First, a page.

The university defeated defending URC champions from the University of Nevada, Reno at the Mars Desert Research Station in Utah. A new team from York University of Toronto ranked third in the two-day competition last week.
Oregon State was the only team to locate a "distressed astronaut" during the navigation challenge.
"Their science payload was particularly amazing because of the way they used common household products," judge Heather Smith said in a statement on the Mars Society's Web site. "They had an electric toothbrush to clean off rocks, a standard mechanical drill, and a common thermometer. It's just a shame that their drive train failed before they could finish the event."
URC director Kevin Sloan called the event a success.
"Not only did we have more teams than last year, the overall quality of the rovers was considerably higher this year," he said in a news announcement. "All of the teams should be very proud of their rovers, and of their skills in controlling them. The level of skill on display was amazing."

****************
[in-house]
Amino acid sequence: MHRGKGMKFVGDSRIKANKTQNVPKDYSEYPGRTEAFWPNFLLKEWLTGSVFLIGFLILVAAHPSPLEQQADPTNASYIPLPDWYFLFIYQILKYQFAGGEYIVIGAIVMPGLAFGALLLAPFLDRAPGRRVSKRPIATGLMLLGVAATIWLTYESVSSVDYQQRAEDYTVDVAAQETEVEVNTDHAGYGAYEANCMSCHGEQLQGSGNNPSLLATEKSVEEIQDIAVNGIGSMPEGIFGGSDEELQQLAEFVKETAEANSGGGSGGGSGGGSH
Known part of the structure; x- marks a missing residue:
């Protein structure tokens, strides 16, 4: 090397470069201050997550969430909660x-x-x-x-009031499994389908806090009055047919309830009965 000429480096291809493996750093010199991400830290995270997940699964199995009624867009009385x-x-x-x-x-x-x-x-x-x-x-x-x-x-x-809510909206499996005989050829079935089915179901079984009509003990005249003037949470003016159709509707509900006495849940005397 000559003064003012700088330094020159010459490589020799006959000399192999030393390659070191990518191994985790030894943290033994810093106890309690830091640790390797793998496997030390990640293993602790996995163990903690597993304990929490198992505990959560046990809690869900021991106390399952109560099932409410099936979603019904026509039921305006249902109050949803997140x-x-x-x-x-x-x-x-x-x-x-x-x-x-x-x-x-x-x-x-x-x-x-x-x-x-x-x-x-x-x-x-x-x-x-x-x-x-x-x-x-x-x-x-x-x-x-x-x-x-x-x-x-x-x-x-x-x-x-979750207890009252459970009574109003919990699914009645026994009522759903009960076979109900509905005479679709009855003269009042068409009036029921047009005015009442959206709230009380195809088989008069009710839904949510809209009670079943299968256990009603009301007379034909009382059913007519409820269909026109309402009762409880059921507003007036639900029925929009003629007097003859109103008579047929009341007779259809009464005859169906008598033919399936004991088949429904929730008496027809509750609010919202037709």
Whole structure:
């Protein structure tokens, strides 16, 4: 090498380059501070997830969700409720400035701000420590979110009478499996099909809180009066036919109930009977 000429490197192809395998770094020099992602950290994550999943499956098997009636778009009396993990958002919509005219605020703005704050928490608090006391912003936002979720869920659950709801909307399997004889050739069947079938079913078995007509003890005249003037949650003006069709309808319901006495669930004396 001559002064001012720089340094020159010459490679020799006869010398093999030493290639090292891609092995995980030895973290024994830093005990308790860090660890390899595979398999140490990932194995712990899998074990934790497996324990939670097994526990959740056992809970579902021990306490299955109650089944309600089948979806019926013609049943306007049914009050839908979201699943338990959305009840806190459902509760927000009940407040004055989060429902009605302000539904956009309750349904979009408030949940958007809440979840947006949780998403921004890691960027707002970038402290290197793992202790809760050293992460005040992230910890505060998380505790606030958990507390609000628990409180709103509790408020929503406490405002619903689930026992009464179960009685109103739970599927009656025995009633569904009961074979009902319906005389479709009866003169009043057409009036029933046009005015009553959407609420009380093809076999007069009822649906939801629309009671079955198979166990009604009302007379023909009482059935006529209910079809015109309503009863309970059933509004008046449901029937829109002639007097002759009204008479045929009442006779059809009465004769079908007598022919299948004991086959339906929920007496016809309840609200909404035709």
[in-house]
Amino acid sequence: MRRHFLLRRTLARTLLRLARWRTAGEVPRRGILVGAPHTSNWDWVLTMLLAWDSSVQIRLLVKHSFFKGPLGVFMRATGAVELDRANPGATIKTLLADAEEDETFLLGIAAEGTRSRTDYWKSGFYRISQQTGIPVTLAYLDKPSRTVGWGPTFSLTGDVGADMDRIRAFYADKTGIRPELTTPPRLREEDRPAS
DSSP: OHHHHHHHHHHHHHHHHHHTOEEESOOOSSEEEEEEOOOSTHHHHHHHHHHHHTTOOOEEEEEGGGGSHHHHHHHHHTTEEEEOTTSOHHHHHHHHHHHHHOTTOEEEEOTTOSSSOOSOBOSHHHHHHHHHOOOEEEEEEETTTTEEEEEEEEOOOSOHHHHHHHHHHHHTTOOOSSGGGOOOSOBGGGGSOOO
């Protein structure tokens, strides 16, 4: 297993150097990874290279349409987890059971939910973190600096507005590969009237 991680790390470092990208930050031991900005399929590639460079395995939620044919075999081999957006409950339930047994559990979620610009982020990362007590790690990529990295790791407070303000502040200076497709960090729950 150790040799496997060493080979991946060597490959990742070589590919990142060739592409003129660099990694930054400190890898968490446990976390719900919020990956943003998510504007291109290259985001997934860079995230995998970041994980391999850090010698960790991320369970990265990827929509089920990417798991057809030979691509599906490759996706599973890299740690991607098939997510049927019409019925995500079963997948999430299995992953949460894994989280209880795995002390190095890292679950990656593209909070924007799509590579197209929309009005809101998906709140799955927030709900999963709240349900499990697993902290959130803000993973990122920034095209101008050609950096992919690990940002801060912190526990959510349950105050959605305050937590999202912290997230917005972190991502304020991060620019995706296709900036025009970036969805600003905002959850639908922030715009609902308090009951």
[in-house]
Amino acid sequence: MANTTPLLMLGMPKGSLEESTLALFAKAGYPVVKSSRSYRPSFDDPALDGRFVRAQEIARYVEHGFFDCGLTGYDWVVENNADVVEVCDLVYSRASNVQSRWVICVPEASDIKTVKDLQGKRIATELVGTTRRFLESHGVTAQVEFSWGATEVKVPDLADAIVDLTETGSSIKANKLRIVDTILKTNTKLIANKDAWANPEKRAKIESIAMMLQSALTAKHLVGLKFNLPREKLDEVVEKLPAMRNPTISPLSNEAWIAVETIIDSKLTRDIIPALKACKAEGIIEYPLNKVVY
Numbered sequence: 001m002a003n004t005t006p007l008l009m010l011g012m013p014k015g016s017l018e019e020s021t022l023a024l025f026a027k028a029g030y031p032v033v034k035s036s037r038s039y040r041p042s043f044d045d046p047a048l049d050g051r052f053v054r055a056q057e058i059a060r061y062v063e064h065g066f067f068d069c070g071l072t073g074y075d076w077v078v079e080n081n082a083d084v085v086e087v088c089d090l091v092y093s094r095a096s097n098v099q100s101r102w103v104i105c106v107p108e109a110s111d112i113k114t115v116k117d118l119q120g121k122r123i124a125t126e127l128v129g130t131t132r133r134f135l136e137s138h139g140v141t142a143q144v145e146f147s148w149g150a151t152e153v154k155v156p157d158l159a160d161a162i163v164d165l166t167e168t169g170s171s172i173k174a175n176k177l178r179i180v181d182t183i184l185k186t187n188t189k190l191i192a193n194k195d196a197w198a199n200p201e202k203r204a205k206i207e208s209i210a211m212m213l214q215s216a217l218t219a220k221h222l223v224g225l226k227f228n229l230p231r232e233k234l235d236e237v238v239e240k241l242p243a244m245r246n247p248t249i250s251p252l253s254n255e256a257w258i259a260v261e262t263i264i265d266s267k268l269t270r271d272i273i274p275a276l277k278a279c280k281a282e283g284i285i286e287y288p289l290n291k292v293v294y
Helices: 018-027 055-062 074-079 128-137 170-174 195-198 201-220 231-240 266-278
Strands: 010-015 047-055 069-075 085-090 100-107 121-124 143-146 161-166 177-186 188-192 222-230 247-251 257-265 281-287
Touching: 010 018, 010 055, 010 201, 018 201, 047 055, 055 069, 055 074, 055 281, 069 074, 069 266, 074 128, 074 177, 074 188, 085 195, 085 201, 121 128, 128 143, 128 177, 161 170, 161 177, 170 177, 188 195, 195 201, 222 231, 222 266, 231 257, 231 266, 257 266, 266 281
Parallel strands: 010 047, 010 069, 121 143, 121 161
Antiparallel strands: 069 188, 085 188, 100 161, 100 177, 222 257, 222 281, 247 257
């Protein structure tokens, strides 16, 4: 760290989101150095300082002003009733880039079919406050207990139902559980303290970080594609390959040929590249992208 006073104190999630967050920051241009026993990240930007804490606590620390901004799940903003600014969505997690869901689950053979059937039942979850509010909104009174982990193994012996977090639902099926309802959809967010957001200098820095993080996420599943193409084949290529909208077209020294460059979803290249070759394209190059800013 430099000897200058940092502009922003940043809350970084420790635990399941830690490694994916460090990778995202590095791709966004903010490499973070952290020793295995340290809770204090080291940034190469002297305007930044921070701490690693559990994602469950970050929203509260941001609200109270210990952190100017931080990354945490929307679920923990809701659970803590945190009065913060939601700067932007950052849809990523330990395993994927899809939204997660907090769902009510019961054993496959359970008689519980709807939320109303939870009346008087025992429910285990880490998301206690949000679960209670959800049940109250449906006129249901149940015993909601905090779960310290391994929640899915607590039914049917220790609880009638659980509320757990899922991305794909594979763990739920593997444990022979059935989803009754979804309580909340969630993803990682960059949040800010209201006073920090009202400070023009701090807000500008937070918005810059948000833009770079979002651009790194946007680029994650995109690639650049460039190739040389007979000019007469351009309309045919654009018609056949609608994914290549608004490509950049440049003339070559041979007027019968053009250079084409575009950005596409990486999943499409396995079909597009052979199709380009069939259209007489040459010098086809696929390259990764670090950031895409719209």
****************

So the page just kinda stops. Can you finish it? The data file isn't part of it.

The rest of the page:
Seven teams from across North America built "Mars rovers" to compete in a series of tasks that explored geology, biology, basic engineering, and construction, as well as emergency navigation.
Alan Spencer, a judge from Raytheon, said all of the teams displayed professionalism.
"These students are going to make really excellent engineers and scientists as they enter the workforce, and I think that they'll all be in better shape because of their participation this year," he said.
The Oregon State team wins cash, as well as transportation, accommodations, and admissions for five of its members to attend the Annual International Mars Society Convention in Colorado this August. All participants in the contest have been invited to give presentations about their rovers at the conference.